In some non-Hodgkin lymphoma (NHL) subtypes, complete remission is possible; doctors may refer to reaching complete remission as ‘curing’ the cancer.
Non-Hodgkin lymphoma describes several subtypes of lymphoma that share similar characteristics.
Before healthcare professionals consider a person cured of cancer, they must go into complete remission. Complete remission means that all signs of cancer have disappeared.
A doctor may say that a person is cured of NHL if they remain in complete remission for 5 years.
This article answers whether or not NHL is curable. It also provides statistics regarding a person’s outlook and life expectancy, their chance of relapse, and more.
NHL refers to a collection of different blood cancers that have similar characteristics.
Some types of NHL can reach complete remission, and other types cannot.
In those cases, a doctor may aim for the cancer to go into partial remission. This means that the treatment is having an effect on the cancer and potentially slowing its progression.
NHL breaks down into two main types — indolent and aggressive NHL.
According to MacMillan Cancer Support, a charity in the United Kingdom, aggressive lymphomas do not typically return after successful treatment. However, indolent lymphomas often return after years of remission.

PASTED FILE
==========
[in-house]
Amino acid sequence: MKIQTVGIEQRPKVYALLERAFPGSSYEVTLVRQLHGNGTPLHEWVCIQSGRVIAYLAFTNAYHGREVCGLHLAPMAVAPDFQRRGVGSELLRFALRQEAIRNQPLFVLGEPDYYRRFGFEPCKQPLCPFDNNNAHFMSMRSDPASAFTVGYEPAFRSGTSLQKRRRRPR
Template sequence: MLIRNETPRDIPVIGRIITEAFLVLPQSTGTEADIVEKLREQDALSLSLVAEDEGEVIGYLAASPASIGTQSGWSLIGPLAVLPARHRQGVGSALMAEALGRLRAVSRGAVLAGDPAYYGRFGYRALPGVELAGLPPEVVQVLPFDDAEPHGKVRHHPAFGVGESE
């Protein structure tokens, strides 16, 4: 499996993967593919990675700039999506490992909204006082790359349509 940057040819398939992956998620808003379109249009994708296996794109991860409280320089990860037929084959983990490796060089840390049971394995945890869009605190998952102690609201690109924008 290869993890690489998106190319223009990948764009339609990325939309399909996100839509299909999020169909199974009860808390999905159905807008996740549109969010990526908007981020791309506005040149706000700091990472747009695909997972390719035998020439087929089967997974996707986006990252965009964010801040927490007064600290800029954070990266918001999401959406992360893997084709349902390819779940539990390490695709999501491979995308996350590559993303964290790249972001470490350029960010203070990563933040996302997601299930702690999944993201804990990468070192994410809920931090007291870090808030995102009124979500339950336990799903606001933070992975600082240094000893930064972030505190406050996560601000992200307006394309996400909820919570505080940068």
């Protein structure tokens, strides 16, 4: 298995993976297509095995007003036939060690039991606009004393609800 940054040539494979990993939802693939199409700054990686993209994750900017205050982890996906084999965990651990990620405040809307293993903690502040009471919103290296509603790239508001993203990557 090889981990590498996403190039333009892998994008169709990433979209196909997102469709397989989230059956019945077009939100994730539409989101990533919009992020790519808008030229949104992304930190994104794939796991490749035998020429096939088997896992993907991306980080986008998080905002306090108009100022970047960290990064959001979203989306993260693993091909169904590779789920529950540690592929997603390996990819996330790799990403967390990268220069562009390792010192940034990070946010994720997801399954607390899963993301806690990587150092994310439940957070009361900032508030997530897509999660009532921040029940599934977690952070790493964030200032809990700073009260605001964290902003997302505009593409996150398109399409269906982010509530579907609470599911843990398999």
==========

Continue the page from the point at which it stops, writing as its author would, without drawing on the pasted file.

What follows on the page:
A person should speak with a doctor about their specific NHL subtype for more information on the treatment and outlook.
Indolent lymphomas grow slowly and account for about 4 in 10 of all NHL cases.
The treatment for stage 1 or 2 indolent NHL involves radiation therapy. The
However, in the more advanced stages, indolent NHL is not typically curable. Instead, the treatment aims to control the symptoms and achieve remission.
After years of remission, the lymphoma usually comes back. However, another round of treatment can shrink the lymphoma down again, resulting in another period of remission.
This means that doctors can control the lymphoma for a long time, and people will maintain a good quality of life between the rounds of treatment.
Subtypes of indolent NHL include:
- follicular lymphoma
- lymphoplasmacytic lymphoma
- Waldenström macroglobulinemia
- cutaneous T-cell lymphoma
- small lymphocytic lymphoma
- chronic lymphocytic leukemia
- marginal zone lymphoma
These types of NHL progress quickly and account for about 6 in 10 of all NHL cases.
As these are fast-growing, a person will require treatment as soon as possible. Treatment often involves chemotherapy and steroids or a combination of steroids, immunotherapy, and chemotherapy.
Doctors can cure aggressive NHL in over